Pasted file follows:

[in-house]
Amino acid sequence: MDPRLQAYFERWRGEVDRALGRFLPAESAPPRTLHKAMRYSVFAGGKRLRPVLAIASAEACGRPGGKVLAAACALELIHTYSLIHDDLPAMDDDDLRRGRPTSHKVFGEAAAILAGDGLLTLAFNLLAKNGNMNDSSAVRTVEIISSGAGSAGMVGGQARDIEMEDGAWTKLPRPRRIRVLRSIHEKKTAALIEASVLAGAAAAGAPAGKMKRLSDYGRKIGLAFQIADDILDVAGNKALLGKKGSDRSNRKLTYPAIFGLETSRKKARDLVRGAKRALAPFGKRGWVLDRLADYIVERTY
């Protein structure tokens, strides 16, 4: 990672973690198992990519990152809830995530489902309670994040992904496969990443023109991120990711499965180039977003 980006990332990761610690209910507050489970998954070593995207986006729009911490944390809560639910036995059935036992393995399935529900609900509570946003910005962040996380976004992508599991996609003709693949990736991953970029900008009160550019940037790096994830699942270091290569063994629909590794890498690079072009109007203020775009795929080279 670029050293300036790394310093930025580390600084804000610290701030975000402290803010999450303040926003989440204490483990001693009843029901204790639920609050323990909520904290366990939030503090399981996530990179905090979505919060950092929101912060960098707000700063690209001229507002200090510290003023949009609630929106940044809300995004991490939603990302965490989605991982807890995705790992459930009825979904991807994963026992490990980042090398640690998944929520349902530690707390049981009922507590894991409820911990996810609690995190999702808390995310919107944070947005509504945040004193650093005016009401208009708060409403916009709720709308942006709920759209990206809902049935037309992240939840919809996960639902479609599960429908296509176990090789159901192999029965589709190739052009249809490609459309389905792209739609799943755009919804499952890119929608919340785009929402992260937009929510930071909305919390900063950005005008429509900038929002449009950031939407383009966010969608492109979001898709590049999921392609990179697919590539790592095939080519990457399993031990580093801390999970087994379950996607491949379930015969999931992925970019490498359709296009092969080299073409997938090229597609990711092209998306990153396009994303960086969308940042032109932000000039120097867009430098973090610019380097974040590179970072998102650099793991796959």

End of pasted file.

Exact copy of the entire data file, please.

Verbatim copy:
[in-house]
Amino acid sequence: MDPRLQAYFERWRGEVDRALGRFLPAESAPPRTLHKAMRYSVFAGGKRLRPVLAIASAEACGRPGGKVLAAACALELIHTYSLIHDDLPAMDDDDLRRGRPTSHKVFGEAAAILAGDGLLTLAFNLLAKNGNMNDSSAVRTVEIISSGAGSAGMVGGQARDIEMEDGAWTKLPRPRRIRVLRSIHEKKTAALIEASVLAGAAAAGAPAGKMKRLSDYGRKIGLAFQIADDILDVAGNKALLGKKGSDRSNRKLTYPAIFGLETSRKKARDLVRGAKRALAPFGKRGWVLDRLADYIVERTY
């Protein structure tokens, strides 16, 4: 990672973690198992990519990152809830995530489902309670994040992904496969990443023109991120990711499965180039977003 980006990332990761610690209910507050489970998954070593995207986006729009911490944390809560639910036995059935036992393995399935529900609900509570946003910005962040996380976004992508599991996609003709693949990736991953970029900008009160550019940037790096994830699942270091290569063994629909590794890498690079072009109007203020775009795929080279 670029050293300036790394310093930025580390600084804000610290701030975000402290803010999450303040926003989440204490483990001693009843029901204790639920609050323990909520904290366990939030503090399981996530990179905090979505919060950092929101912060960098707000700063690209001229507002200090510290003023949009609630929106940044809300995004991490939603990302965490989605991982807890995705790992459930009825979904991807994963026992490990980042090398640690998944929520349902530690707390049981009922507590894991409820911990996810609690995190999702808390995310919107944070947005509504945040004193650093005016009401208009708060409403916009709720709308942006709920759209990206809902049935037309992240939840919809996960639902479609599960429908296509176990090789159901192999029965589709190739052009249809490609459309389905792209739609799943755009919804499952890119929608919340785009929402992260937009929510930071909305919390900063950005005008429509900038929002449009950031939407383009966010969608492109979001898709590049999921392609990179697919590539790592095939080519990457399993031990580093801390999970087994379950996607491949379930015969999931992925970019490498359709296009092969080299073409997938090229597609990711092209998306990153396009994303960086969308940042032109932000000039120097867009430098973090610019380097974040590179970072998102650099793991796959």